May 22 2022

Classification of the active ingredient oral contraceptives

Risk level in pregnancy: This medicine is classified as Category X.

There is no clinical reason to administer contraceptives during pregnancy. However, it is possible for a woman to take these substances if she ignore her pregnant state.

Moreover, use of estrogen is contraindicated in pregnancy. The patient should stop taking any of these medications once knows she is pregnant.

Oral contraceptives consist of two substances, a synthetic estrogen and progesterone derivative, so it is difficult to attribute to either of both a possible fetal damage.

The investigations carried out on these two types of drugs combined have given controversial results. Have been attributed to these drugs congenital heart diseases, nervous system injuries, malformations of extremities, genitals, and other. There appears not to exist a single criterion regarding the relationship of this large group of teratogenic effects with contraceptive use during pregnancy.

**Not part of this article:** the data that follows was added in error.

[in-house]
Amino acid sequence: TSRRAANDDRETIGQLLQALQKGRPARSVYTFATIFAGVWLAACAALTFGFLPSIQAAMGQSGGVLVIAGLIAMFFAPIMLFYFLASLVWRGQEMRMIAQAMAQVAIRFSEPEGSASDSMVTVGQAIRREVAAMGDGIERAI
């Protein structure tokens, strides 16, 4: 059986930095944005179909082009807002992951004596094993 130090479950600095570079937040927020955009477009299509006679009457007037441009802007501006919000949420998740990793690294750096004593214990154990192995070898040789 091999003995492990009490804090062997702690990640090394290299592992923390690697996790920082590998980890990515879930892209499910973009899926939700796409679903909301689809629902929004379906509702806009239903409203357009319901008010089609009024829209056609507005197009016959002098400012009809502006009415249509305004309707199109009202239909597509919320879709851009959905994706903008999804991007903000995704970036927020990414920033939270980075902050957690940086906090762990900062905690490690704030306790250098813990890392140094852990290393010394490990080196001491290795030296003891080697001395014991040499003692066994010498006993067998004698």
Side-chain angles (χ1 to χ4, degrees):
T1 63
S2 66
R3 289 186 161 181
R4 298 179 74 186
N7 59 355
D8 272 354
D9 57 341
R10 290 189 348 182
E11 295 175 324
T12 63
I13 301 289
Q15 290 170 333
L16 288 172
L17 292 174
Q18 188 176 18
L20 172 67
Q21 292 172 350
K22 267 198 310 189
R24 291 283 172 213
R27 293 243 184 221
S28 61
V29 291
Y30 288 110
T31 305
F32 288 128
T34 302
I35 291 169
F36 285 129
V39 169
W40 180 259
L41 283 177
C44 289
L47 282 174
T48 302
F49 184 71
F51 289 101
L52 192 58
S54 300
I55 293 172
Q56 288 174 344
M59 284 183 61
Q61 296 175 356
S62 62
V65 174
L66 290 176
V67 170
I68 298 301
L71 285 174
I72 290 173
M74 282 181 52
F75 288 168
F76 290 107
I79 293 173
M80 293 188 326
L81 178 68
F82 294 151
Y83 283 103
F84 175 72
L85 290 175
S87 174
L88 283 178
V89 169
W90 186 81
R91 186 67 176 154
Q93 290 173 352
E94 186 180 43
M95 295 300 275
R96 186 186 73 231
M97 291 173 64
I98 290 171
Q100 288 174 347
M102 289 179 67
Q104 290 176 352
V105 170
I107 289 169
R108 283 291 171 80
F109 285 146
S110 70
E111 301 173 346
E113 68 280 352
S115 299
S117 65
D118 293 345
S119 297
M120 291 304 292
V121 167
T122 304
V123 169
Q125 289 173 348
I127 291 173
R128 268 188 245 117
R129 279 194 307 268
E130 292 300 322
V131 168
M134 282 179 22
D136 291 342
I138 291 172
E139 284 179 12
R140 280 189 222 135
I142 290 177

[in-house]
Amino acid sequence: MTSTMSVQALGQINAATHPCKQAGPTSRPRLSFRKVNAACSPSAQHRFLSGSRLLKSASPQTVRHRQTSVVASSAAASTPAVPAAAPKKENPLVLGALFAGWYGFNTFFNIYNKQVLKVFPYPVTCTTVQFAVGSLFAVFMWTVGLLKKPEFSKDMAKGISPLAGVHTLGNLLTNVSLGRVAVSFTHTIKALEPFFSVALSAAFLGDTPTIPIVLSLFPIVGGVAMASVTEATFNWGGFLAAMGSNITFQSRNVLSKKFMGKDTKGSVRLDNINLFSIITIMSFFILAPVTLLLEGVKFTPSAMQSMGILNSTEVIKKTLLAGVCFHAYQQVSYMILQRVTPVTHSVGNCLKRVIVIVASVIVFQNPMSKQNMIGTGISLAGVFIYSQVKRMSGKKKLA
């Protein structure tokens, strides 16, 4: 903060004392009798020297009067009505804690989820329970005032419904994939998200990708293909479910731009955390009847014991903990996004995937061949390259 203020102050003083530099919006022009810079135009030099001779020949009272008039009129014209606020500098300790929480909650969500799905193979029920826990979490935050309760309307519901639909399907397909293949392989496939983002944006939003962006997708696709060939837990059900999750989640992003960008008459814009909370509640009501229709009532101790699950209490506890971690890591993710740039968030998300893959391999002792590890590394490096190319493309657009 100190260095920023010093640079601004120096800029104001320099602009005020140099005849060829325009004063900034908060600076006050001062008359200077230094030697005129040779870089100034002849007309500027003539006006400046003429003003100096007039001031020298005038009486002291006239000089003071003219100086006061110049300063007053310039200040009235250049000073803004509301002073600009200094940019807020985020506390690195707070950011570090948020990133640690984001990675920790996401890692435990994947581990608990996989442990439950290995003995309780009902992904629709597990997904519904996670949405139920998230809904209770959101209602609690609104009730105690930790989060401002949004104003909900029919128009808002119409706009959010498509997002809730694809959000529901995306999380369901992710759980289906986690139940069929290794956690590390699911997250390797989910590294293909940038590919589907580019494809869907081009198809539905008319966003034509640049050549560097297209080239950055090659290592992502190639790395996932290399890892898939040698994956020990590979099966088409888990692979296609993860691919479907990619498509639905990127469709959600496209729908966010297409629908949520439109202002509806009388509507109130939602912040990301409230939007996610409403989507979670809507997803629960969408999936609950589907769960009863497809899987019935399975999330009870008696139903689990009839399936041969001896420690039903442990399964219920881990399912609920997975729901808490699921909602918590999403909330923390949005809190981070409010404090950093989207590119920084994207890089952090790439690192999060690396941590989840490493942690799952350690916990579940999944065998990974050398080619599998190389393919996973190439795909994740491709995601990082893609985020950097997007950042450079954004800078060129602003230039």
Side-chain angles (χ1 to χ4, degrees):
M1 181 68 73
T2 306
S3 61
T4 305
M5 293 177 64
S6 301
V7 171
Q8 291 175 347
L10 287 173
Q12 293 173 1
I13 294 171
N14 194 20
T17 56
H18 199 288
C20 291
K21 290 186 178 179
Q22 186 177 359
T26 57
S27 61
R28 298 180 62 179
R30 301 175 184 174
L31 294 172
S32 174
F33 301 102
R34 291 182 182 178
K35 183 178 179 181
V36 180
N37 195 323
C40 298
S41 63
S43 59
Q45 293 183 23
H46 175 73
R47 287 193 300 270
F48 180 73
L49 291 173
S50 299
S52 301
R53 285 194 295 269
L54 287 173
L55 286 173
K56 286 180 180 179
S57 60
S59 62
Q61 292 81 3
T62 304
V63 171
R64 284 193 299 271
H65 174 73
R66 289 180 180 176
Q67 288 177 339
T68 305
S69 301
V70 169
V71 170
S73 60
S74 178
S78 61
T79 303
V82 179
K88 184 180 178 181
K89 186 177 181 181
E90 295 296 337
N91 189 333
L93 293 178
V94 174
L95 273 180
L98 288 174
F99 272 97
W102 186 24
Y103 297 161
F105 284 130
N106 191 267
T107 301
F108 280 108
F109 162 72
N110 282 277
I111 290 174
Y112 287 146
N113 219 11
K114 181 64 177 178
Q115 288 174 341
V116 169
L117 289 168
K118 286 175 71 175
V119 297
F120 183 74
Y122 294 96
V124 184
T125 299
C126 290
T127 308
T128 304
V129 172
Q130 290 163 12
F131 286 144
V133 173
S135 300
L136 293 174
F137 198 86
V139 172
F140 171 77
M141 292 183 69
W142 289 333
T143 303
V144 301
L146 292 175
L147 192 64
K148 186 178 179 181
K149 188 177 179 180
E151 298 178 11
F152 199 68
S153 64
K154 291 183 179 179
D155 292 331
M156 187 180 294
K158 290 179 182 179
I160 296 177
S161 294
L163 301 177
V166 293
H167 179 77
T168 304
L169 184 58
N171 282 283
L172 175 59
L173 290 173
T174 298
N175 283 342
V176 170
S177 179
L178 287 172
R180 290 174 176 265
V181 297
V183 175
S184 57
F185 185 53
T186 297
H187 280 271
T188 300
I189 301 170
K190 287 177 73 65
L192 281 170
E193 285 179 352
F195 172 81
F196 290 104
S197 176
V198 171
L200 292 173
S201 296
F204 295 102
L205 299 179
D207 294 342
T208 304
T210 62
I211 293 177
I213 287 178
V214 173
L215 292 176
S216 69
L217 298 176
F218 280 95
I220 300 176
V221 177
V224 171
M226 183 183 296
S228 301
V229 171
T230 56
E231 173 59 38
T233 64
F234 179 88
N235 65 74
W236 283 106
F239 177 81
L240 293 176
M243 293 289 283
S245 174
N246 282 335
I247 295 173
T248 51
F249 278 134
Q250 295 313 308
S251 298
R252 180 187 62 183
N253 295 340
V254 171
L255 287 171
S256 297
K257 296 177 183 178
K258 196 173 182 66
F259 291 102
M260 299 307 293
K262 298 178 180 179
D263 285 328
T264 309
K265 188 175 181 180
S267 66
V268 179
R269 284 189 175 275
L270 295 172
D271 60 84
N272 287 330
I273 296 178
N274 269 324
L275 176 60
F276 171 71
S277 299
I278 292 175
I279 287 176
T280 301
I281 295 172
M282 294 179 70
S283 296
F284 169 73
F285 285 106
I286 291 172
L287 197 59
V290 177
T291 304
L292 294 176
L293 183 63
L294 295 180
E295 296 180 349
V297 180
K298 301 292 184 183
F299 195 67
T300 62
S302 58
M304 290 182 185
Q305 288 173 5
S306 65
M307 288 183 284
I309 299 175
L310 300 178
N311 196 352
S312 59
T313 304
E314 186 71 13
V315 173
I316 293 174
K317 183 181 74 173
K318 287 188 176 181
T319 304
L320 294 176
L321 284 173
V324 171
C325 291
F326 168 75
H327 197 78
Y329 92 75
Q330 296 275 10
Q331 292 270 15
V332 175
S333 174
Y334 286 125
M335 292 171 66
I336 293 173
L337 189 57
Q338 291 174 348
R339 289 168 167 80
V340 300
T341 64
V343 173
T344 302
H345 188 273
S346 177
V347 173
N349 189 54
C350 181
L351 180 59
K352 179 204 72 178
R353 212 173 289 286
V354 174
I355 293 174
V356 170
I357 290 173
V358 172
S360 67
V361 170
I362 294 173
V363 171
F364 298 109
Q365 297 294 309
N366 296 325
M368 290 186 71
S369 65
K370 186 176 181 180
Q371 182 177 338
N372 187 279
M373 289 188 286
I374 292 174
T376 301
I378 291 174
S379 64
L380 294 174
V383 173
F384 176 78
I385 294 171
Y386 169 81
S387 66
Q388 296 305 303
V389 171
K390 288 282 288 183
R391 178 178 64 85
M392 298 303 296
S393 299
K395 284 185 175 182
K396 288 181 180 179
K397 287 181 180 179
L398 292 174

Many researchers believe that the risk of malformation is low for anomalies not affecting the genital tract, less than 1 in 1000 cases. Regarding the latter, have been described the masculinization of the female genitalia, that could affect 1 in every 300 cases, and, very rarely, male pseudohermaphroditism.

There have been reports of hyperbilirubinemia in infants of mothers who took contraceptives before or after conception. For this reason, in theory, could increase the risk of kernicterus.

Update 18.07.2009

Meaning of category X

Studies in animals or humans have demonstrated fetal abnormalities and/or there is positive evidence of human fetal risk based on adverse reaction data from investigational or marketing experience, and the risks involved in use of the drug in pregnant women clearly outweigh potential benefits.